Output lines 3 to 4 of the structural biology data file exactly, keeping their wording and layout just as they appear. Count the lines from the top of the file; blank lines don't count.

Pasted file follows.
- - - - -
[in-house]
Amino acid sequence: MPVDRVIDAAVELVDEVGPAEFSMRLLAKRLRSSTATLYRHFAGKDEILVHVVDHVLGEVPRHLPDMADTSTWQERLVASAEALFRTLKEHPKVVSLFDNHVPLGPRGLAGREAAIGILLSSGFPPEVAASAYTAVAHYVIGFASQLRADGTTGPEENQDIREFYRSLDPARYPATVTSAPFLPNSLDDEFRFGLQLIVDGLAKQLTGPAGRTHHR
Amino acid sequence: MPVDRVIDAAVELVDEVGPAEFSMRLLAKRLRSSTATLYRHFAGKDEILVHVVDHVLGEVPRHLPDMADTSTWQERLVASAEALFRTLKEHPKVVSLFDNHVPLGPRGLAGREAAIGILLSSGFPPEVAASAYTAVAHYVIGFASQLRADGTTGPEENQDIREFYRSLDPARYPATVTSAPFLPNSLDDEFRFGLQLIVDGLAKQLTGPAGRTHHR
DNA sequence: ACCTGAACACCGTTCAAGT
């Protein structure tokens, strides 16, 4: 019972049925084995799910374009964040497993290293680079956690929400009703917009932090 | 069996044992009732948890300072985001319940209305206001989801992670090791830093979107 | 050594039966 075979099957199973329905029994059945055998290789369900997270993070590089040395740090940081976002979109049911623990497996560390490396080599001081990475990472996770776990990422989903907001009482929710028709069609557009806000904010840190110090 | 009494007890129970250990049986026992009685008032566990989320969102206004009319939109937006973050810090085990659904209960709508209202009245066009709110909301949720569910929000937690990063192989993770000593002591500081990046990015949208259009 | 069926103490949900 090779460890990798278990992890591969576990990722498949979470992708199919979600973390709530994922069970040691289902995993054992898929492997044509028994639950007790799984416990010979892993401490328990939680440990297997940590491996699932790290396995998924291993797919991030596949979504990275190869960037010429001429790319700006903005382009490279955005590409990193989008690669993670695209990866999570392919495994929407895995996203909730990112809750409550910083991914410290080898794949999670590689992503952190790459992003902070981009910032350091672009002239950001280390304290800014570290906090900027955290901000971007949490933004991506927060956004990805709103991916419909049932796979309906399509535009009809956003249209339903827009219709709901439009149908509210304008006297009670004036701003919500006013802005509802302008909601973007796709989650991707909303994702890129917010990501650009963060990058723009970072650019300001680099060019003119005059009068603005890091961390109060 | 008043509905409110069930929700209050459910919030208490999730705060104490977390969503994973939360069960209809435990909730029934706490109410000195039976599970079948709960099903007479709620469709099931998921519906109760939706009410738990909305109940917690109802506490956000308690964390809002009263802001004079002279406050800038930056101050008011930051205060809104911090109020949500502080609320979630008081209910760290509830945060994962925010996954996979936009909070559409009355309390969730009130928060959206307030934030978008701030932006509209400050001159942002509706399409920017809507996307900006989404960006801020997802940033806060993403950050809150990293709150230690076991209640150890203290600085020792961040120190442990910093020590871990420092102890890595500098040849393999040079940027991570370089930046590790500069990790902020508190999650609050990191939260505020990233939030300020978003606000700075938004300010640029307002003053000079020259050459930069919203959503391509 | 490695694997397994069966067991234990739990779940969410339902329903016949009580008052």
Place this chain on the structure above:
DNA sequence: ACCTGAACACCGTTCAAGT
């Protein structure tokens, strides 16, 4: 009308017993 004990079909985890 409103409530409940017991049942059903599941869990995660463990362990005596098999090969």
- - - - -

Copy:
Amino acid sequence: MPVDRVIDAAVELVDEVGPAEFSMRLLAKRLRSSTATLYRHFAGKDEILVHVVDHVLGEVPRHLPDMADTSTWQERLVASAEALFRTLKEHPKVVSLFDNHVPLGPRGLAGREAAIGILLSSGFPPEVAASAYTAVAHYVIGFASQLRADGTTGPEENQDIREFYRSLDPARYPATVTSAPFLPNSLDDEFRFGLQLIVDGLAKQLTGPAGRTHHR
DNA sequence: ACCTGAACACCGTTCAAGT